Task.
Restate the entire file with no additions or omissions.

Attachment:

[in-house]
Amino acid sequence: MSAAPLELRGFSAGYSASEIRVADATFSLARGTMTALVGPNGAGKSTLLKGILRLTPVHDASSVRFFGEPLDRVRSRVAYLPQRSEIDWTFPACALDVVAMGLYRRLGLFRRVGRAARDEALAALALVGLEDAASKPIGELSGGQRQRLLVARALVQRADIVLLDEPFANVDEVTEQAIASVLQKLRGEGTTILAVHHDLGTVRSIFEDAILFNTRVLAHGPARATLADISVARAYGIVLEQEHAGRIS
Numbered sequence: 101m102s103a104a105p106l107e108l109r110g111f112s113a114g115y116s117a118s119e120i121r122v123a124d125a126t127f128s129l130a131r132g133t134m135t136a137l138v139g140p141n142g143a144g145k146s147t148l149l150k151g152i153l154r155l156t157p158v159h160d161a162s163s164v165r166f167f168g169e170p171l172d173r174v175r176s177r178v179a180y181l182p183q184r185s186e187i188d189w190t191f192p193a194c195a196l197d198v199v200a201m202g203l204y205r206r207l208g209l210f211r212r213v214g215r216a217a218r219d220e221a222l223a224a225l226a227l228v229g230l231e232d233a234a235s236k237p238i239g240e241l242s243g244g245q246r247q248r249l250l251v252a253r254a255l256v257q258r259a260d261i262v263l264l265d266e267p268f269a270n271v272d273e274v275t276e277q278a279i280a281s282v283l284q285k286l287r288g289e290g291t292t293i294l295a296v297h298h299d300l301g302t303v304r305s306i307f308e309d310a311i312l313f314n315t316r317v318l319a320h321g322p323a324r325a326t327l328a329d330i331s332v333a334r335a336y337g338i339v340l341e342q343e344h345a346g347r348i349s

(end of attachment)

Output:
[in-house]
Amino acid sequence: MSAAPLELRGFSAGYSASEIRVADATFSLARGTMTALVGPNGAGKSTLLKGILRLTPVHDASSVRFFGEPLDRVRSRVAYLPQRSEIDWTFPACALDVVAMGLYRRLGLFRRVGRAARDEALAALALVGLEDAASKPIGELSGGQRQRLLVARALVQRADIVLLDEPFANVDEVTEQAIASVLQKLRGEGTTILAVHHDLGTVRSIFEDAILFNTRVLAHGPARATLADISVARAYGIVLEQEHAGRIS
Numbered sequence: 101m102s103a104a105p106l107e108l109r110g111f112s113a114g115y116s117a118s119e120i121r122v123a124d125a126t127f128s129l130a131r132g133t134m135t136a137l138v139g140p141n142g143a144g145k146s147t148l149l150k151g152i153l154r155l156t157p158v159h160d161a162s163s164v165r166f167f168g169e170p171l172d173r174v175r176s177r178v179a180y181l182p183q184r185s186e187i188d189w190t191f192p193a194c195a196l197d198v199v200a201m202g203l204y205r206r207l208g209l210f211r212r213v214g215r216a217a218r219d220e221a222l223a224a225l226a227l228v229g230l231e232d233a234a235s236k237p238i239g240e241l242s243g244g245q246r247q248r249l250l251v252a253r254a255l256v257q258r259a260d261i262v263l264l265d266e267p268f269a270n271v272d273e274v275t276e277q278a279i280a281s282v283l284q285k286l287r288g289e290g291t292t293i294l295a296v297h298h299d300l301g302t303v304r305s306i307f308e309d310a311i312l313f314n315t316r317v318l319a320h321g322p323a324r325a326t327l328a329d330i331s332v333a334r335a336y337g338i339v340l341e342q343e344h345a346g347r348i349s